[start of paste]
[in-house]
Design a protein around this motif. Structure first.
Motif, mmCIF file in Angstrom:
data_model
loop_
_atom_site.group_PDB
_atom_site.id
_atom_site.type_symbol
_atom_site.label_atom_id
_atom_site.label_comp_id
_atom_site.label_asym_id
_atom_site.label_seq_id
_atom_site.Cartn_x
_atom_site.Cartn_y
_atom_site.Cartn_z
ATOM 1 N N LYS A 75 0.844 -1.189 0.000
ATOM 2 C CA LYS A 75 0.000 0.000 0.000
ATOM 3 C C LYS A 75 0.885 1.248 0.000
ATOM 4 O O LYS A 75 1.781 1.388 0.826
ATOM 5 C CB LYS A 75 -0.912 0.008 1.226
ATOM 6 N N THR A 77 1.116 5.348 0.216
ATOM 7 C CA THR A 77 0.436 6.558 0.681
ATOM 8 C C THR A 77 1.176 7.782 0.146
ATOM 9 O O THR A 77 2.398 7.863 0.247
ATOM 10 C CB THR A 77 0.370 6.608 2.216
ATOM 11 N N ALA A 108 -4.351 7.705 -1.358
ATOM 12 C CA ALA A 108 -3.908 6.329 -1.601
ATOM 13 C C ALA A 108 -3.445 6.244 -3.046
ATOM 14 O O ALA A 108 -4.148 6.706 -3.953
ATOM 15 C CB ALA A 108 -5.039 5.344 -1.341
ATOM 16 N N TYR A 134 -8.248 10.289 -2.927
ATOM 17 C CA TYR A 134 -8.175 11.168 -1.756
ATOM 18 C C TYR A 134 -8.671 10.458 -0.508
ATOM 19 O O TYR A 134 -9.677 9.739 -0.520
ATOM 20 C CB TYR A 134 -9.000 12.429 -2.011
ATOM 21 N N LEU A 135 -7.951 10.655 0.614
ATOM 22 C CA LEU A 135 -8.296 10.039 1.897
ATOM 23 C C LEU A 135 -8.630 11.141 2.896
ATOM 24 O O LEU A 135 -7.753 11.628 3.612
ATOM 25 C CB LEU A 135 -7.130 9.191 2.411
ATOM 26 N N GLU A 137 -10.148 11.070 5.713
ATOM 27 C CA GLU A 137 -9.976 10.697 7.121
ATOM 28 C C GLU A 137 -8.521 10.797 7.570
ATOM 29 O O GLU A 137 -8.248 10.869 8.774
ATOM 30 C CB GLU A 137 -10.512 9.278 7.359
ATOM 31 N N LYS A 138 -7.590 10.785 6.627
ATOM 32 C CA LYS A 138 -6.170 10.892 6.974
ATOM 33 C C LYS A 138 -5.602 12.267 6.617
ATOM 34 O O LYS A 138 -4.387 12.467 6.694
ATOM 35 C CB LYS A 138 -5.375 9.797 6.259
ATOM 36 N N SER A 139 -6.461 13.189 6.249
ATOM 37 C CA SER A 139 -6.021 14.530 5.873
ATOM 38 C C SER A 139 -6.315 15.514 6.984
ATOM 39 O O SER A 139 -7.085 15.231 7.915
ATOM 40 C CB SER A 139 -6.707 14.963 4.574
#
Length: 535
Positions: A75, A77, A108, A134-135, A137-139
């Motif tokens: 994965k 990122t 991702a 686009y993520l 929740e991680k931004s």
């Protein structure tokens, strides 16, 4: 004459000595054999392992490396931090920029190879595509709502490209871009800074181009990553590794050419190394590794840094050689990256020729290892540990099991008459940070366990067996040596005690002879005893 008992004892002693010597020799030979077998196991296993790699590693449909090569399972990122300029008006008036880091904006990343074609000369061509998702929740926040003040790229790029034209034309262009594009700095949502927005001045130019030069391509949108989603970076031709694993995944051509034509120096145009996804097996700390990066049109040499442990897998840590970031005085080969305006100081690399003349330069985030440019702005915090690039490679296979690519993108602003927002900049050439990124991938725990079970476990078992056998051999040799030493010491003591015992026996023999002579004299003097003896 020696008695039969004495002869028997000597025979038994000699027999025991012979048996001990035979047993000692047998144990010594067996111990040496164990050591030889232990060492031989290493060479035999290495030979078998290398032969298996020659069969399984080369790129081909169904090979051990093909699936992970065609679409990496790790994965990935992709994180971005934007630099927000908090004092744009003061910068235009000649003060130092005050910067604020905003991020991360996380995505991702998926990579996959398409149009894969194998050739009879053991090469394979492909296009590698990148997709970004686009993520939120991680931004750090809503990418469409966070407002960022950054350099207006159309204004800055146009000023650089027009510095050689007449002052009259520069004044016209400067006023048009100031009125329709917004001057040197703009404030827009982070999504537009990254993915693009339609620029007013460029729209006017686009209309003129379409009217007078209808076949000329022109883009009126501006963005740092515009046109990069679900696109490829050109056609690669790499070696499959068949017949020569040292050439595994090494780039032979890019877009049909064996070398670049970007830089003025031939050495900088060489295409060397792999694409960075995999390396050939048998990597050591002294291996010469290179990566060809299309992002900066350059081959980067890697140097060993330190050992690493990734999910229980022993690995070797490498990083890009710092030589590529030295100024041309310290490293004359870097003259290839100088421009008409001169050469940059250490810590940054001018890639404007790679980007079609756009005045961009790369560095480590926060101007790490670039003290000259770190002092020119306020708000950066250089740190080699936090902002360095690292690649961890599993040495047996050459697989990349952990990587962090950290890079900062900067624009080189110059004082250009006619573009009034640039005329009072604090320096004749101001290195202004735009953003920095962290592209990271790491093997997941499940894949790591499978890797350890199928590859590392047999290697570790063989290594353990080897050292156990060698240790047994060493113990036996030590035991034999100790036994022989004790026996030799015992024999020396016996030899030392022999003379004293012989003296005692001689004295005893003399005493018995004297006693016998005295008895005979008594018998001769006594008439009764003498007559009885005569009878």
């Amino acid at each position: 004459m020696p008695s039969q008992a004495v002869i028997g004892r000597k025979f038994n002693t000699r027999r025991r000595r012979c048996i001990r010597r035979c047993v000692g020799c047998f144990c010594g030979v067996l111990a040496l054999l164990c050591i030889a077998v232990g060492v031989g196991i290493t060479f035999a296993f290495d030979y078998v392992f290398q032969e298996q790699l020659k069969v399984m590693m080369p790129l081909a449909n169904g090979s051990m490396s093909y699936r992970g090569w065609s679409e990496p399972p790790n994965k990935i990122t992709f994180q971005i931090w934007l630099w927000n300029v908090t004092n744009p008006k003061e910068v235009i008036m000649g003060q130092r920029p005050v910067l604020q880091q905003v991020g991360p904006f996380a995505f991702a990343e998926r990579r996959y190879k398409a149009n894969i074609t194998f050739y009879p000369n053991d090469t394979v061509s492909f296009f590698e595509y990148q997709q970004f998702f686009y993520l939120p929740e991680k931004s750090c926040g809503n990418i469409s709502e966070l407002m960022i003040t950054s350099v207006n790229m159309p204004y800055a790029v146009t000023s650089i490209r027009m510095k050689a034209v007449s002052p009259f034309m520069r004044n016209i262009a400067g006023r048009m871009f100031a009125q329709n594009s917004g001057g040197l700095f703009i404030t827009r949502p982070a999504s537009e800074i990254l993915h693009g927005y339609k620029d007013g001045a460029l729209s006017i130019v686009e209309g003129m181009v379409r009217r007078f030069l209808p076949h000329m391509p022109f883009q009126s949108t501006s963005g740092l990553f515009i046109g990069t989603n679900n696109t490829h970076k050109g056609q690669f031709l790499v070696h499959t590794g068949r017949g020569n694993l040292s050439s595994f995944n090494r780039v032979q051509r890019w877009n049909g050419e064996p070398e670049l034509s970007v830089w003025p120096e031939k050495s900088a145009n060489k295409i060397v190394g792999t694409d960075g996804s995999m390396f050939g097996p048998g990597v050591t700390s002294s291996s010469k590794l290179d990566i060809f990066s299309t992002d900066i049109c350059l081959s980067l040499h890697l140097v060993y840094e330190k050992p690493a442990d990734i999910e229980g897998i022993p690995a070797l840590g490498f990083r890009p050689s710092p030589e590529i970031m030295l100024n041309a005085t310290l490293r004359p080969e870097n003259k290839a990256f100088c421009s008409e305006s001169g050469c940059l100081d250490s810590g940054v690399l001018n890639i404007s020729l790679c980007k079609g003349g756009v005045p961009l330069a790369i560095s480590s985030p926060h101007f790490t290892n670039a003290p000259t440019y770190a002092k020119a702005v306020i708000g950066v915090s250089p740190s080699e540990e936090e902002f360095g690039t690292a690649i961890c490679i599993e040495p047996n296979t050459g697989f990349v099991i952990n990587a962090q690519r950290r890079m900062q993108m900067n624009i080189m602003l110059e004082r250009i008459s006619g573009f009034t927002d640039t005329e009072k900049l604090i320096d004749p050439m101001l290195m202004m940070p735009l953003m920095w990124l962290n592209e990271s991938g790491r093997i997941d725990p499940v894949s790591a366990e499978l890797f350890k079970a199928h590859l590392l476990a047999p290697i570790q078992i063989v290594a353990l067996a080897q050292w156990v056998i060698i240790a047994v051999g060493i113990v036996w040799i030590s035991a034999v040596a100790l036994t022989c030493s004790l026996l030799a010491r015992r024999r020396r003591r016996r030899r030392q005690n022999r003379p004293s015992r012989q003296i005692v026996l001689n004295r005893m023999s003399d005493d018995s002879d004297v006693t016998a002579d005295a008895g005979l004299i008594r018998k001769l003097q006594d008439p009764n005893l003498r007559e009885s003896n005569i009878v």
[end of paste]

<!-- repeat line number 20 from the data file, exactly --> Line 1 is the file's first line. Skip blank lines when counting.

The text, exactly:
ATOM 5 C CB LYS A 75 -0.912 0.008 1.226